This trait has led to Syrian hamsters being commonly used in studies on alcohol because their large liver allows them to metabolize alcohol quickly.
Fact 17: Syrian hamsters are one of the few species of hamsters that are kept as and make good pets. There are 24 species of hamsters, and only five are found in pet stores.
The other hamsters kept in households include Chinese hamsters, Campbell’s dwarf hamsters, Russian winter white hamsters, and Roborovski or Robo hamsters.
Fact 18: Golden hamsters are the most common type of hamster found in pet stores. They originally came in golden or brown colors but have since developed color coat mutations.
They can be found in a variety of colors now, including white, gray, banded, and tortoiseshell.
Fact 19: Syrian hamsters were first introduced to North America in 1936. These were some of the original domesticated hamsters.
Fact 20: Syrian hamsters are often kept as pets because they tend to be very tame and docile. They also tend to be slow movers, which can make them easier to handle for children.
Because of their tendency towards activity in the evenings, they are also considered good pets because they need little care during the day, instead spending that time sleeping and becoming active in their cages around the time that people come home from work and school.
Fact 21: Syrian hamsters are easy to keep entertained in their cages.
They need a large hamster wheel, approximately 9 to 10 inches in diameter when they are fully grown because they need to be able to run on it without curving their spine. Otherwise they may develop back and spinal issues, especially as they age.
You can often provide enrichment relatively expensively. Cardboard tubes such as paper towel holders can be used, as well as empty cereal boxes.
You do want to give your hamster plenty to chew on, as their teeth are constantly growing. If you notice your Syrian hamster chewing on the bars of his or her cage, its teeth might hurt or it could be bored and in need of more stimulation.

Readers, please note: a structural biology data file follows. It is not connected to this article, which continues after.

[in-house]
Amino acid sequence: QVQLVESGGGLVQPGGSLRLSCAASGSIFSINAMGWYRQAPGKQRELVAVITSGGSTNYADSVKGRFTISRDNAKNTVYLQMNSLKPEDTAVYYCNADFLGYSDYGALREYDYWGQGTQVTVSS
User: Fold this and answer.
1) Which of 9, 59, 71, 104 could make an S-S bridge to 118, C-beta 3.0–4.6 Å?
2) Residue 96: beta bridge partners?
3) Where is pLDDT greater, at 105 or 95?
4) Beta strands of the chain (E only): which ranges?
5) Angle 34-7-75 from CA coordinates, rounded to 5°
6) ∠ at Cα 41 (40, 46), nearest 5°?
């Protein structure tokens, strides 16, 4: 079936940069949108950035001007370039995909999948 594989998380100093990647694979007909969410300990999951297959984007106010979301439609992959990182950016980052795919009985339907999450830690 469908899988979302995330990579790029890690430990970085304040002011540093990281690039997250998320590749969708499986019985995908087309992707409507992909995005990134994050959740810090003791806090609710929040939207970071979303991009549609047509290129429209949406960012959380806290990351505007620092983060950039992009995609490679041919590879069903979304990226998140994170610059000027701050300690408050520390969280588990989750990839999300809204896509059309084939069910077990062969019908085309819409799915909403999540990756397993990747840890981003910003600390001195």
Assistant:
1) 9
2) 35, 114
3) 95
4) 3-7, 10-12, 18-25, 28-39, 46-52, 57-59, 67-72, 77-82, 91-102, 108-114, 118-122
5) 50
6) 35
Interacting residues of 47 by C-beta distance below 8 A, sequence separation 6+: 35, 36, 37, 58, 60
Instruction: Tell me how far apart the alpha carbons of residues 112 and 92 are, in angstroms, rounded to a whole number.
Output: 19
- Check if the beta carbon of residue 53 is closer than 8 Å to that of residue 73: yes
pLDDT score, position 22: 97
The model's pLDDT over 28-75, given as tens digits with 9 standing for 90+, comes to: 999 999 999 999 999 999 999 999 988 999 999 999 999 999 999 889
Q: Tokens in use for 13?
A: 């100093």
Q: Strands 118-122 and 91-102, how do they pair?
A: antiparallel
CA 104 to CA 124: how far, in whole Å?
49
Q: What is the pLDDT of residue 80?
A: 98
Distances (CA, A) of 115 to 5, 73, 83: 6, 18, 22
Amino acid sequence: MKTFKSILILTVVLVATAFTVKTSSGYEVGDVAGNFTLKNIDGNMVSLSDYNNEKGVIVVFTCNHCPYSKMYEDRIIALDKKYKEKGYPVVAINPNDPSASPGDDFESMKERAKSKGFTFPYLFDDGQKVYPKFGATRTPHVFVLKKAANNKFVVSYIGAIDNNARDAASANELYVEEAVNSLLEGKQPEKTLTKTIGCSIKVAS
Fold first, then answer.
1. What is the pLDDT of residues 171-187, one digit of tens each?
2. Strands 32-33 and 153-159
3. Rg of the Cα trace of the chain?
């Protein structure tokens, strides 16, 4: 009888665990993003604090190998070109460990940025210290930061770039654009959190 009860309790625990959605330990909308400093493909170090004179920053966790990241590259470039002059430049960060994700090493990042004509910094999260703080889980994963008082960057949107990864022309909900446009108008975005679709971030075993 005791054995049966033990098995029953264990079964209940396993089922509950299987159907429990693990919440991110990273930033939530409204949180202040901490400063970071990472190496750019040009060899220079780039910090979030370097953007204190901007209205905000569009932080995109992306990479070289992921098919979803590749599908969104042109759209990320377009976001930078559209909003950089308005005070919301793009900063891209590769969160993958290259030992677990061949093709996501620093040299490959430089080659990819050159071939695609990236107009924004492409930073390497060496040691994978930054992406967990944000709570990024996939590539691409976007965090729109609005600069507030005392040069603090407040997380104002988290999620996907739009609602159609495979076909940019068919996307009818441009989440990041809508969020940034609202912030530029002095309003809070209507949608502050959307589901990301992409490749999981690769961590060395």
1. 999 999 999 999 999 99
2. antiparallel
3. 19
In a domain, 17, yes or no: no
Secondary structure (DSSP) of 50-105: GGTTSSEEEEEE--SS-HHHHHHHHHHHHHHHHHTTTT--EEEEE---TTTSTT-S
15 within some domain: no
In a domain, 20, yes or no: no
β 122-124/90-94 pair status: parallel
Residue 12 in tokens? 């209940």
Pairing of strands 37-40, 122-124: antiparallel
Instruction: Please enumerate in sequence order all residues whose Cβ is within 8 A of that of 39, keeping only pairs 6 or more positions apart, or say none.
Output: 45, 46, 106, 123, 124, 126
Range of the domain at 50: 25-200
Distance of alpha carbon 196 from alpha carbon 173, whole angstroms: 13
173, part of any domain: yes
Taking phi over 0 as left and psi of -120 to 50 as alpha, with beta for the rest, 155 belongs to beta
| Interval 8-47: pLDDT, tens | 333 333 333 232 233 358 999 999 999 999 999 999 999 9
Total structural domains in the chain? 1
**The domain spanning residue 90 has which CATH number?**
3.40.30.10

Fact 22: Syrian hamsters need a larger cage than dwarf hamsters given that they are much larger than their dwarf cousins. A small cage can make your Syrian hamster chronically stressed.
A good rule of thumb for your Syrian hamster’s cage is to have at least 10,000 square centimeters of floor space. It should also be high enough that they can rear up on their back legs and have several inches – ideally at least six – above their head; this is where a multilevel cage can be very beneficial if it is easy for your Syrian hamster to get up and down the levels.
Fact 23: In addition to long haired and short haired Syrians, breeders have developed other types of Syrian hamsters.
One type is a Satin Syrian hamster, which has a glossy sheen to his or her coat, which is caused by some of the fur shafts being hollowed out. You should not breed two Satin Syrian hamsters together as the resulting offspring often has greasy, thin fur.
Another type of Syrian hamster is the Rex Syrian hamster, which is starting to become common in North America. These hamsters have a curly or crimped, waxy coat, which tends to be short and dense.
Fact 25: The dominant spot coat color is a white hamster with colored spots.
This was first discovered in 1964 in the United States and has become popular because these hamsters tend to be easy to breed.
Are Syrian hamsters friendly? Syrian hamsters are relatively friendly but they don’t like to be paired with other hamsters so it is best to keep them by themselves. They can make wonderful pets for slightly older children as they don’t tend to bite unless threatened.
Are Syrian hamsters nocturnal? Syrian hamsters are considered to be crepuscular animals. They are commonly mistaken as nocturnal.
Are Syrian hamsters blind? No, Syrian hamsters are not blind but their eyesight isn’t the best.